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By Deacon Keith Fournier

3/9/2014 (5 months ago)

Catholic Online (www.catholic.org)

The new evangelization is going to depend very much on an army of lay people feeling responsible for their Church and for them to be messengers of the good news to their families, their neighbors and the community at large.

For many people it has been a year of surprises. The Holy Father has such a refreshing style and a desire to be close to people and accessible. He is even accessible in the way he expresses himself. He has made quite an impact on the world. I don't remember any other pope whose daily homily was followed so assiduously by so many around the globe. Before, we used to think that the Holy Father's travel and linguistic abilities were the way he communicated, but this man communicates without leaving home and without saying anything except in Italian! It is amazing.- Cardinal SeŠn Patrick O'Malley

Cardinal Se√°n Patrick O'Malley

Cardinal Se√°n Patrick O'Malley

Highlights

By Deacon Keith Fournier

Catholic Online (www.catholic.org)

3/9/2014 (5 months ago)

Published in U.S.

Keywords: New Evangelization, field hospital, Pope Francis, curia, reform, Cardinal Se√°n Patrick O'Malley, Antonio M. Enrique, Boston Pilot, Deacon Keith Fournier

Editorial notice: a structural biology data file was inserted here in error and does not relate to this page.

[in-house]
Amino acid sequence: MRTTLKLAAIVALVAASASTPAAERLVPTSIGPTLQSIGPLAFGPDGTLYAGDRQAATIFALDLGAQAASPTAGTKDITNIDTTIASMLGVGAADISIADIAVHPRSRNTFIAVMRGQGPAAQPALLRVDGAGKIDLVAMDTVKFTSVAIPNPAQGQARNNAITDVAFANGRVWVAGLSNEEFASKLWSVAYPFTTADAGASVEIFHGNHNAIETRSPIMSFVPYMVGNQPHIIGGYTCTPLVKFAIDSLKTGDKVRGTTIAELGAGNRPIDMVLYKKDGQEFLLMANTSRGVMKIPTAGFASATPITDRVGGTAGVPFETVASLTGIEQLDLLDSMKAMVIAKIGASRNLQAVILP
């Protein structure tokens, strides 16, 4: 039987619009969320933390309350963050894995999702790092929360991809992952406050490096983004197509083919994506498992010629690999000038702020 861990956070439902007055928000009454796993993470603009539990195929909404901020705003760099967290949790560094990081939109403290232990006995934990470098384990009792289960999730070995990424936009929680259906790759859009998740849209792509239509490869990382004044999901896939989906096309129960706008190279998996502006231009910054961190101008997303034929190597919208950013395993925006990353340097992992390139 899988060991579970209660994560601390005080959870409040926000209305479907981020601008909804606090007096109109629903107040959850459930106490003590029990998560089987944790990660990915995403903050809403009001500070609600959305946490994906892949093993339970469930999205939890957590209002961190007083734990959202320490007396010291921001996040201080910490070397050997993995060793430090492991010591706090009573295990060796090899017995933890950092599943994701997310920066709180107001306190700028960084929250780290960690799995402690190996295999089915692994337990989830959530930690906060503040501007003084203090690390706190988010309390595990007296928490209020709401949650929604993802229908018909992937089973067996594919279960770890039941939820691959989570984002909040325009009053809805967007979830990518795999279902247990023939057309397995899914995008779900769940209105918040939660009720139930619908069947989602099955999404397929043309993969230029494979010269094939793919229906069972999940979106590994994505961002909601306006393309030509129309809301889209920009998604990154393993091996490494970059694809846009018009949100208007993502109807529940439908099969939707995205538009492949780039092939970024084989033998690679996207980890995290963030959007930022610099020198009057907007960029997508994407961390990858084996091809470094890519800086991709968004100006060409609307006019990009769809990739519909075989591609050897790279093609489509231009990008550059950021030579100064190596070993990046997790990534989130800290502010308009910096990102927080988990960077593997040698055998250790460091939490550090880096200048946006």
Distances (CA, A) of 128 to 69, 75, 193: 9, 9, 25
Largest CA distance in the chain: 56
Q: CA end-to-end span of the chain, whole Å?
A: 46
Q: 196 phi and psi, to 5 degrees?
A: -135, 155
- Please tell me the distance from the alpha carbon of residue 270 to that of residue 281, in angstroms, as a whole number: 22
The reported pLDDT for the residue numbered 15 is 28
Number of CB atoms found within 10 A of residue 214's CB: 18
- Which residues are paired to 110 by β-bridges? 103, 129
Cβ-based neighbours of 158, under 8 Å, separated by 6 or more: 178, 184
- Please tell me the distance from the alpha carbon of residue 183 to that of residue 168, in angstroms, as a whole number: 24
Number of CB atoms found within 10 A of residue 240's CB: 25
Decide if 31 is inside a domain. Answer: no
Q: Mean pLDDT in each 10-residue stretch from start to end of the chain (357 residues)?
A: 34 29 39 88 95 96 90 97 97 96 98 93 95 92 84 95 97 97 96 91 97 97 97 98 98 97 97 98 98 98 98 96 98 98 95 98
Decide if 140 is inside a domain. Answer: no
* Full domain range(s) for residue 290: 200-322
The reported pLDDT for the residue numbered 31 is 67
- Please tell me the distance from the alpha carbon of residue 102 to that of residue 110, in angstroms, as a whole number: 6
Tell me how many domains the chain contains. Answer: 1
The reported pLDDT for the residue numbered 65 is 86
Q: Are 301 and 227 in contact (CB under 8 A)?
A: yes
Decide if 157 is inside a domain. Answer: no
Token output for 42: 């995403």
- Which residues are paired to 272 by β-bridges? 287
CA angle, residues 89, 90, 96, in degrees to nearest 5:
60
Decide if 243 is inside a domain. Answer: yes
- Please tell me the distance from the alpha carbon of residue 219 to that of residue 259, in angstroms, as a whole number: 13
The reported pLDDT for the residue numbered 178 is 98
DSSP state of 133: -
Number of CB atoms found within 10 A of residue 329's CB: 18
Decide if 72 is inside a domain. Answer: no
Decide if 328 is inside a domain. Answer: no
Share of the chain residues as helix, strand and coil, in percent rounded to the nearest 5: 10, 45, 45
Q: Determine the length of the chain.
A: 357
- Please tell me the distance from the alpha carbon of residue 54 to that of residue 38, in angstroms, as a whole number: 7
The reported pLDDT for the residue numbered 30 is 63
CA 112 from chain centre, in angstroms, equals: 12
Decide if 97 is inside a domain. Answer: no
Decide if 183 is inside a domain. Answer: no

BOSTON,MA (Catholic Online) - I was born and raised in Boston, Massachusetts. I remember with great fondness the salt of the earth folks who filled my childhood. That is part of the reason I was happy to accept an invitation to speak at a Deacons conference for the Archdiocese of Boston several years ago.

I also knew that Cardinal SeŠn Patrick O'Malley would be there and I wanted to meet him. I have followed his service to the Lord for a long time. It has inspired me in my own. This man is a true Franciscan with a big heart for the Lord. When he enters the room, you are immediately drawn not to him, but to the Lord whom he serves with such simplicity and love.You just want to smile.  

By the grace of the Holy Spirit, we have been given some great Bishops in the United States- and beyond. One of them, as I saw so clearly on that weekend, is Cardinal SeŠn Patrick O'Malley, O.F.M. Cap. His obvious relationship with the Risen Jesus Christ comes through in his words, his warmth and his work with the faithful. He also understands the Gospel mandate to reach out to what pope Francis calls the peripheries,with the love of God.  I thank the Lord that, all those years ago now, when I lived in those peripheries, Jesus sent someone to me.